Hard-Hearted Highlander (Highland Grooms #3) by Julia London

This title may be purchased from Amazon

An indomitable governess…a brooding Highlander…a forbidden affair…

An ill-fated elopement cost English-born governess Bernadette Holly her reputation, her unsuitable lover and any chance of a future match. She has nothing left to fear–not even the bitter, dangerously handsome Scot due to marry her young charge. Naive wallflower Avaline is terrified to wed Rabbie Mackenzie, but if he sends her home, she will be ruined. Bernadette’s solution: convince Rabbie to get Avaline to cry off…while ignoring her own traitorous attraction to him.

A forced engagement to an Englishwoman is a hard pill for any Scot to swallow. It’s even worse when the fiancee in question is a delicate, foolish young miss–unlike her spirited, quick-witted governess. Sparring with Bernadette brings passion and light back to Rabbie’s life after the failed Jacobite uprising. His clan’s future depends upon his match to another, but how can any Highlander forsake a love that stirs his heart and soul?

Rating: C+

I’ve enjoyed the previous two books in Julia London’s Highland Grooms series in spite of my general aversion to Scottish/Highland set romances; both books are strongly character driven with, in the case of the first book, Wild Wicked Scot, a dash of politics and intrigue thrown in to add an extra layer of interest. So I’ve been looking forward to this third book, in which the hero is Rabbie Mackenzie, younger son of Laird Arran and his English wife, Margot. But I’m afraid I can’t say that I enjoyed Hard Hearted Highlander as much as the other books, mostly because the eponymous hero is such a miserable bastard for well over half of the story, and it’s difficult to find any vestige of sympathy or liking for a man who is so ill-mannered and self-centred.

That’s not to say that Rabbie doesn’t have grounds for what is immediately apparent is a case of severe depression. The book is set in 1750, five years after the Battle of Culloden, and takes place in a very different world to the previous novel. Many families and clans were wiped out on the battlefield and after, and of those who weren’t many have fled – to the cities, or overseas – and the landscape has been forever changed. Even the powerful Mackenzie clan is struggling to look after its own; their neutrality in the conflict did not protect them from the widely wrought devastation and times are hard.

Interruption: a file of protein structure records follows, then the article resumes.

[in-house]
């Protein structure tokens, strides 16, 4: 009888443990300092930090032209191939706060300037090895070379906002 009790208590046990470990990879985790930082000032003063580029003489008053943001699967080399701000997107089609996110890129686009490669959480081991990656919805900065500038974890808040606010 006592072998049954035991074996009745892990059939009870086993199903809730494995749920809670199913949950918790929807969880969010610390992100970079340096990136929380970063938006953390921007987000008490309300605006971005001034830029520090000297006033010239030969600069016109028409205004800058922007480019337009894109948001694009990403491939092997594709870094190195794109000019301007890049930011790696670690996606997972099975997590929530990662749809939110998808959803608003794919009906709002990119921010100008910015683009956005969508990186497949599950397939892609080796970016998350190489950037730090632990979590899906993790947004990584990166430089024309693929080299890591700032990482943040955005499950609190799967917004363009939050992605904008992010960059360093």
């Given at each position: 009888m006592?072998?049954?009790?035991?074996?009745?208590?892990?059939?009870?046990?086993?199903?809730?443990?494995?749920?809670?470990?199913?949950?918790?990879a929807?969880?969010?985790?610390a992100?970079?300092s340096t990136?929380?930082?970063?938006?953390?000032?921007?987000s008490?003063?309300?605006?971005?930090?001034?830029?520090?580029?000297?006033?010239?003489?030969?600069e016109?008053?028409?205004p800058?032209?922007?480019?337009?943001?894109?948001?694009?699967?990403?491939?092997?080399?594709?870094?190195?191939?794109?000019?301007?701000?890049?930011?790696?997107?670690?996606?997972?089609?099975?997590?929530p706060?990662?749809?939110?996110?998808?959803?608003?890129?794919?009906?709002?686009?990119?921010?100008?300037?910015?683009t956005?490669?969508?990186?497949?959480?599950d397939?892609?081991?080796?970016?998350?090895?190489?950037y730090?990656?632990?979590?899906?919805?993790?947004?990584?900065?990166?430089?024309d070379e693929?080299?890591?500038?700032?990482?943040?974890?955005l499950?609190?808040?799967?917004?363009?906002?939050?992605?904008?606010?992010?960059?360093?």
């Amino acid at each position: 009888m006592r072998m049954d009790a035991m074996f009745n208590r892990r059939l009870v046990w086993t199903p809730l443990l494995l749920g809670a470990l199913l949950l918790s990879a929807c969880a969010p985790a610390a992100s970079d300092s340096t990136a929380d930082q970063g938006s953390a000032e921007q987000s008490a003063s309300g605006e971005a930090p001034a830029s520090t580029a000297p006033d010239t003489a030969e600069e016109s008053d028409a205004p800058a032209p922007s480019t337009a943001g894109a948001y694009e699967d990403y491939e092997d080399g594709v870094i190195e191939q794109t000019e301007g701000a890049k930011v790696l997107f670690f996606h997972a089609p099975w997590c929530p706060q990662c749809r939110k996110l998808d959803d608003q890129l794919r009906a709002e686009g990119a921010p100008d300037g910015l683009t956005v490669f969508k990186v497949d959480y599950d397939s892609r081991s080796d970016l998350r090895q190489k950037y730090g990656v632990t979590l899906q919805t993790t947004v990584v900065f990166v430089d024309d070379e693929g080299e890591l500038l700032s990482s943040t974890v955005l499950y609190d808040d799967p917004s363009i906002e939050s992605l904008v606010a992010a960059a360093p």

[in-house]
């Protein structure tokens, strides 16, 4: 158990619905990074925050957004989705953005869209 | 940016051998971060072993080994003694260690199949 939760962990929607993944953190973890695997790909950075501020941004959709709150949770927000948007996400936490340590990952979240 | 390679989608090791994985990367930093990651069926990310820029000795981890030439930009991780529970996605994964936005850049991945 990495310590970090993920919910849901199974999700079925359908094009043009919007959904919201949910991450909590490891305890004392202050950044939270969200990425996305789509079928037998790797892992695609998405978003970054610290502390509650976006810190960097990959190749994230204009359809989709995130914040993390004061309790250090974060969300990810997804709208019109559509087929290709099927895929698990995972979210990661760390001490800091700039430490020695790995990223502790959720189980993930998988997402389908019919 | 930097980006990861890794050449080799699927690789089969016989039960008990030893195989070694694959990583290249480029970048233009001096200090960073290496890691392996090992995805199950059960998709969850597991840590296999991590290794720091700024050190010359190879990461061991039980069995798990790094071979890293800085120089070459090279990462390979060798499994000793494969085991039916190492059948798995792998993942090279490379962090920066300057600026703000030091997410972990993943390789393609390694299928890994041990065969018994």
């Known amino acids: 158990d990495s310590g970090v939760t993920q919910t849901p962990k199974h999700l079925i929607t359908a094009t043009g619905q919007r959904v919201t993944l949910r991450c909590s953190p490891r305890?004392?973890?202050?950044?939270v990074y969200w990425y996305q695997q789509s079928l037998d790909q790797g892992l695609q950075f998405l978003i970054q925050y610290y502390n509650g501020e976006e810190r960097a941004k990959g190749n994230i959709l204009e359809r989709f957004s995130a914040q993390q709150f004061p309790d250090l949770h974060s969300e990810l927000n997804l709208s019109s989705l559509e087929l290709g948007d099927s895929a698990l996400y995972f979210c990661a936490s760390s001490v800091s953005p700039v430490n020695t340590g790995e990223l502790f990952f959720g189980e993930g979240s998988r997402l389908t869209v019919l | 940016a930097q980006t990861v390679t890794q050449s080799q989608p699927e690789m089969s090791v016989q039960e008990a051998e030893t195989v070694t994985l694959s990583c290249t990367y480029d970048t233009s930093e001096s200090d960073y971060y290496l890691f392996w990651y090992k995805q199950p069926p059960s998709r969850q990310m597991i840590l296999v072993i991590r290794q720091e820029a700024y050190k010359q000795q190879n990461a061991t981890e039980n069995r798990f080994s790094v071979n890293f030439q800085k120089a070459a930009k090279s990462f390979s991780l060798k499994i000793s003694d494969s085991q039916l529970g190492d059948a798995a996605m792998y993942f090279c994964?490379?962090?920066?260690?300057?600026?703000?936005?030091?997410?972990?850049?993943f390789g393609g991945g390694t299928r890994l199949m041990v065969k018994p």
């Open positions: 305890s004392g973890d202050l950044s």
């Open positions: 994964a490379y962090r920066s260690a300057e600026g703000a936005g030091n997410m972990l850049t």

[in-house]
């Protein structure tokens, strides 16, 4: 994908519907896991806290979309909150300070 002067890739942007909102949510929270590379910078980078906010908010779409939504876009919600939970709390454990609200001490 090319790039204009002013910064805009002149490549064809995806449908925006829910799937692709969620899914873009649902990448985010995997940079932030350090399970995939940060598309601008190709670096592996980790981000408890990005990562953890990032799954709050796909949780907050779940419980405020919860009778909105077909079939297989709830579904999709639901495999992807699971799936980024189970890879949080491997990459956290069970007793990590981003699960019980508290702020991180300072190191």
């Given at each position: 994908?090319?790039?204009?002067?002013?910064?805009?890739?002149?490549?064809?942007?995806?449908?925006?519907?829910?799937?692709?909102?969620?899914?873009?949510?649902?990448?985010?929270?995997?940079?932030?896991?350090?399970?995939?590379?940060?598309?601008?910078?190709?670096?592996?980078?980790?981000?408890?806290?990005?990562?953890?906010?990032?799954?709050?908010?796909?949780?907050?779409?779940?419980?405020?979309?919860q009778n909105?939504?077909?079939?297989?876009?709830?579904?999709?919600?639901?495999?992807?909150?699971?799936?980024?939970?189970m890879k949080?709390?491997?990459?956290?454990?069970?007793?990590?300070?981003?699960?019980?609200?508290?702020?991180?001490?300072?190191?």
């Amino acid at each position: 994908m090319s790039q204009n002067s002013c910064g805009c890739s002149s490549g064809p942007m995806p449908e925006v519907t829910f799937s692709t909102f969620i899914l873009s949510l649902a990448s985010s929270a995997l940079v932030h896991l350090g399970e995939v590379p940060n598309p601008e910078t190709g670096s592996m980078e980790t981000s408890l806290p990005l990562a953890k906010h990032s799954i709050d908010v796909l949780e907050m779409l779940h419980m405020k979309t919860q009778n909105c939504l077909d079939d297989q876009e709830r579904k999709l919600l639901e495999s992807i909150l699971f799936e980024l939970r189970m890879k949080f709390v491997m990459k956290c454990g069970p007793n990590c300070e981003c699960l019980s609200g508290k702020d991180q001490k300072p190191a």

Like many of his countrymen, Rabbie is frustrated and bitter about the huge change the battle has wrought in the Highlander way of life, but he is also mired in grief for the woman he loved, Seona MacBee, who was killed, along with her family, either during or after the uprising. It’s been years since her death, but Rabbie mourns her every day, and continues to scowl and growl his way through life, much to the consternation of his family. They love him dearly and hate to see him so melancholy, but don’t know what to do to help – and know that he would probably reject it if they tried.

As the Mackenzies struggle to rebuild their fortunes after the rebellion, it becomes necessary for Laird Mackenzie to broker a match between Rabbie and the young daughter of Lord Kent, an English nobleman who has purchased the nearby estate of Kileaven and looks set to buy up other lands around Balhaire. If that happens, there won’t be enough land to sustain even the small number of Mackenzies who are left, and a this arrangement is the only way to protect Balhaire and its dependents. Rabbie recognises the importance of this marriage to his family and agrees to marry the girl. He doesn’t care – he’s dead inside anyway.

You can read the rest of this review at All About Romance.

Brighter than the Sun (KGI #11) by Maya Banks (audiobook) – Narrated by Tad Branson

This title may be downloaded from Audible via Amazon.

The Kelly Group International (KGI): A super-elite, top secret family run business.

Qualifications: High intelligence, rock-hard body, military background.

Mission: Hostage/kidnap victim recovery. Intelligence gathering.

Handling jobs the US government can’t.

As the last unattached member of the Kelly clan, Joe is more than ready to risk life and limb on any mission he’s assigned to, but when it comes to love, he’ll keep his distance. He’s content to watch his brothers become thoroughly domesticated.

Zoe’s had nothing but heartbreak in her life, and she’s determined to start over with a completely new identity thanks to her college friend Rusty Kelly. But it’s the gorgeous smile and tender words of Joe Kelly that begin to weaken her resolve to never risk her heart again. And Joe will have to put everything on the line to save Zoe when secrets of her past resurface – and threaten to tear them apart.

Rating: Narration – B-; Content – D

This eleventh book in Maya Banks’ KGI series of romantic suspense novels, Brighter than the Sun, would have been more appropriately titled Duller than the Dishwater. Honestly, I’m really glad I managed to listen to most of it while I was on the move, either around the house or in the car, otherwise I’d be suffering from the concussion incurred as a result of the number of times I’d’ve banged my head on the desk to keep myself awake.

I can’t believe this is supposed to be a romantic suspense novel. It’s a total misnomer, because it doesn’t possess much of either; the pacing is snail-like and there is NO action worth the name, NO suspense and NO romance, unless you count insta-lust as romance. And I don’t.

You can read the rest of this review at AudioGals

The Enforcer (Games People Play #2) by HelenKay Dimon

This title may be purchased from Amazon

Security expert Matthias Clarke hunts down people who don’t want to be found. His latest prey: the sole survivor of a massacre that killed his brother years ago. Kayla Roy claimed she was a victim of the carnage. Then she disappeared. Matthias thinks Kayla may have actually been the killer—and he wants justice.